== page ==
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BPEA Article

Living with Global Imbalances


OVER THE YEARS, the Brookings Panel has focused overwhelmingly on
the U.S. economy. That emphasis reflected the principal interests of its
founders, Arthur Okun and George Perry. The United States is by far the
largest economy in the world, accounting for a quarter to a third of
global output, so understanding the U.S. economy is important. And this
economy is rich in data. But that still leaves over two-thirds of the world
economy. The Brookings Papers has made excursions into this area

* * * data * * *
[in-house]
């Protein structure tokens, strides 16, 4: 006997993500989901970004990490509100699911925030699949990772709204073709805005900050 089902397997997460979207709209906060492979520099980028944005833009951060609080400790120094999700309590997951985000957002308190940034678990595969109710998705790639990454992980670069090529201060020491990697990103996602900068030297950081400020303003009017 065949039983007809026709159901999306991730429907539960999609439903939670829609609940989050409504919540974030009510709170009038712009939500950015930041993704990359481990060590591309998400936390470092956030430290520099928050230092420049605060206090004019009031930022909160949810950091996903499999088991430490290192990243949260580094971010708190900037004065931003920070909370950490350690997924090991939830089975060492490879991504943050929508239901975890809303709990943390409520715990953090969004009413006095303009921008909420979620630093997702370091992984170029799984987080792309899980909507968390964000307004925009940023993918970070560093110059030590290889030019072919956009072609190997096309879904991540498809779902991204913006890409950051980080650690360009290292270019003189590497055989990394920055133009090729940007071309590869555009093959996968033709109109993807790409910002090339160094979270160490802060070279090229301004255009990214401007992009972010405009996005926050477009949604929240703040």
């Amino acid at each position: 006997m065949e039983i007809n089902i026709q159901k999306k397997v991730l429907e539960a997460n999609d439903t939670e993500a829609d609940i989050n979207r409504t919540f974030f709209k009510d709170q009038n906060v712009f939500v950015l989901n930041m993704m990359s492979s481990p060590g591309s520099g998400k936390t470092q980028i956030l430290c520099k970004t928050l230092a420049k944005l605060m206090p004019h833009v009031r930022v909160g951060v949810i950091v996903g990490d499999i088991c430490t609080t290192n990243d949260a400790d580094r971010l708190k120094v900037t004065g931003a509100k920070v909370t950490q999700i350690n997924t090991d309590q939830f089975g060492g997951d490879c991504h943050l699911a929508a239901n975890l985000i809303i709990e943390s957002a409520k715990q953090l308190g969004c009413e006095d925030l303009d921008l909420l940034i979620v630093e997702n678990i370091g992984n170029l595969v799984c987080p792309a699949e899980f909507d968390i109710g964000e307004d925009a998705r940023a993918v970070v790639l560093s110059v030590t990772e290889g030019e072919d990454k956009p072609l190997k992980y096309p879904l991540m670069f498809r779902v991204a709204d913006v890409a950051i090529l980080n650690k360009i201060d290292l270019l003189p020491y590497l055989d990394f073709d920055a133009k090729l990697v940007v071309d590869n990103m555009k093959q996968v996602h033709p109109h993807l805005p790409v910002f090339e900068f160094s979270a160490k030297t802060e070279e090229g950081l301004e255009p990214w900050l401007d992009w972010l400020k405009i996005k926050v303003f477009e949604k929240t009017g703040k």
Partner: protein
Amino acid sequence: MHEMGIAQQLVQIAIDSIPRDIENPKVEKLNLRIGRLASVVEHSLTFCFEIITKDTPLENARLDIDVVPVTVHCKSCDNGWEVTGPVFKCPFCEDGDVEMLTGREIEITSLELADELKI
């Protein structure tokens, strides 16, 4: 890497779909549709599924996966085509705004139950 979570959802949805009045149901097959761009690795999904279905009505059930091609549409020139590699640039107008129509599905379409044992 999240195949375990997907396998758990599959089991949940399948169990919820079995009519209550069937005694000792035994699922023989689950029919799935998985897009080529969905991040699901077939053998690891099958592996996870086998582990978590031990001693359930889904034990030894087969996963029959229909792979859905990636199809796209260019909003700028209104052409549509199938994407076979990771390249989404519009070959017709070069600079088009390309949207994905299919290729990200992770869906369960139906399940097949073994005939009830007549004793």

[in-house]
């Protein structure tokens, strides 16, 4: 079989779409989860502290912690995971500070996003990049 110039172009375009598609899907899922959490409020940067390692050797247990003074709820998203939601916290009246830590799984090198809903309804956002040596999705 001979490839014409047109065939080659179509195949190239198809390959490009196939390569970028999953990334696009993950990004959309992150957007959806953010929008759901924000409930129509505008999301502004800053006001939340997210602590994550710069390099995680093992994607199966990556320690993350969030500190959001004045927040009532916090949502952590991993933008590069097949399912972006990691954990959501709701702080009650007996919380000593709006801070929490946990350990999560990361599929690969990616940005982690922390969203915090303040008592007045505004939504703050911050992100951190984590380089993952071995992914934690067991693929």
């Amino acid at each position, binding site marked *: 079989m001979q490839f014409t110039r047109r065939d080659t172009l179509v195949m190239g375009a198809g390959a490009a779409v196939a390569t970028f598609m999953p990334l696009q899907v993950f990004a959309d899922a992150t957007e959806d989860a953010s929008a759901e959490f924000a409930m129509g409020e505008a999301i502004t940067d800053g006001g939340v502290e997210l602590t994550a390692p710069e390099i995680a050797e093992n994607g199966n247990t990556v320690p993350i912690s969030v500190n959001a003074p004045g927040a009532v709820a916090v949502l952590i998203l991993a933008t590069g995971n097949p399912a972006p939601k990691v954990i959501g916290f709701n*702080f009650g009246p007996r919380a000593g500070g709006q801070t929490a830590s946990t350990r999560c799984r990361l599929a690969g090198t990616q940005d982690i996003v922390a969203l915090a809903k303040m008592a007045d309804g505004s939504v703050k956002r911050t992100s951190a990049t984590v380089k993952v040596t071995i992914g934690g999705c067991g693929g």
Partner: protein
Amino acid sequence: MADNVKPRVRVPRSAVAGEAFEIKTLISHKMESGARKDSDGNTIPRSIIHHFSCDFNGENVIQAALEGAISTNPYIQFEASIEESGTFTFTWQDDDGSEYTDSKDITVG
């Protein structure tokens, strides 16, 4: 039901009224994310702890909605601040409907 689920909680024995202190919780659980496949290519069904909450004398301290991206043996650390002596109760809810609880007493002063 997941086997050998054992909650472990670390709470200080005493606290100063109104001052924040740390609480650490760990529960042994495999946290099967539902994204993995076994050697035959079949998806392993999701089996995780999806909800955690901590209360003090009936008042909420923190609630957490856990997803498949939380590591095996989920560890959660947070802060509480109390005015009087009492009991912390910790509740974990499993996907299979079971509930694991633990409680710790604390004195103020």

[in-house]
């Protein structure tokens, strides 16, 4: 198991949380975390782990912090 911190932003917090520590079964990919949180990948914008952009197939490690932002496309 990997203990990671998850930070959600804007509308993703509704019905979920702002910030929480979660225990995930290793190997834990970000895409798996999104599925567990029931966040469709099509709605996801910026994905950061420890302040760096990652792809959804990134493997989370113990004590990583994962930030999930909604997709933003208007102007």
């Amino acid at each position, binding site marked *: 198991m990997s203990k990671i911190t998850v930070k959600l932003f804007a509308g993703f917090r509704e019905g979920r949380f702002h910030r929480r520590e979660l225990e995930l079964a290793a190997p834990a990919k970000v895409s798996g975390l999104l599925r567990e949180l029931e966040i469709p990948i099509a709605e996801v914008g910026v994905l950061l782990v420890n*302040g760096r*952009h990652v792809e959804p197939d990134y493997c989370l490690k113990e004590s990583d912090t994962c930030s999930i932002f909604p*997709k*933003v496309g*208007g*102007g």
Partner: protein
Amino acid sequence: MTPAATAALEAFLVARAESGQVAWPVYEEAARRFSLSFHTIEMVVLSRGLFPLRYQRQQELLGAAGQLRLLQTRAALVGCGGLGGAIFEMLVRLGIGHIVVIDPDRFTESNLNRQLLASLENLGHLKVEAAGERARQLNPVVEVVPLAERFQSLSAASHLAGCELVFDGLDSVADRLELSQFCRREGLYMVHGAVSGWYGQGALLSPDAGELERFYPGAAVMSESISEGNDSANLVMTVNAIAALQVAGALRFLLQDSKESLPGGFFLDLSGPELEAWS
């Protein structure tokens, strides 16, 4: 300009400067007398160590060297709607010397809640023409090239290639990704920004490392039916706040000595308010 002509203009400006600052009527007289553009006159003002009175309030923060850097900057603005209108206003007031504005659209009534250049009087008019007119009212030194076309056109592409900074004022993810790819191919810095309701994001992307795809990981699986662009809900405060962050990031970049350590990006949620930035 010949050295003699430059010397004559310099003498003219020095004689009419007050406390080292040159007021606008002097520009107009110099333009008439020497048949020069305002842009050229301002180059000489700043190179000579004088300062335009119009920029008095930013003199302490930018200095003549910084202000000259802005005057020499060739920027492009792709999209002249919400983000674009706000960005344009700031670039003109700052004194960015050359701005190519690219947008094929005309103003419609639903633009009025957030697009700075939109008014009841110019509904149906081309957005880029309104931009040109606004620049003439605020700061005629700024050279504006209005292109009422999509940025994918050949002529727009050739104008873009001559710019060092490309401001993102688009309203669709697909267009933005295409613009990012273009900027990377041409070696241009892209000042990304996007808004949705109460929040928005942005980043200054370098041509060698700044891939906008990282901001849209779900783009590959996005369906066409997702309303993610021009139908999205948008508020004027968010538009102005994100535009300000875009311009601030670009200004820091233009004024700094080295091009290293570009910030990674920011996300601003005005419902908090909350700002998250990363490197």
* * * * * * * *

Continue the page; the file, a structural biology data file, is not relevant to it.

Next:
from time to time. At various points Europe, Japan, and most recently
China have been addressed. There was a flurry of interest in the transition
economies some years ago, in the international financial crises of
the mid- to late 1990s, and more rarely in developing countries more
The U.S. economy and the economies of the rest of the world intersect
through international transactions. These have received more attention in
the Brookings Papers, although again largely with a U.S. focus. I will
address this intersection with respect to the large global imbalances that
exist today, although I will deviate from the usual practice here by adopting
a rest-of-the-world rather than a U.S. perspective.

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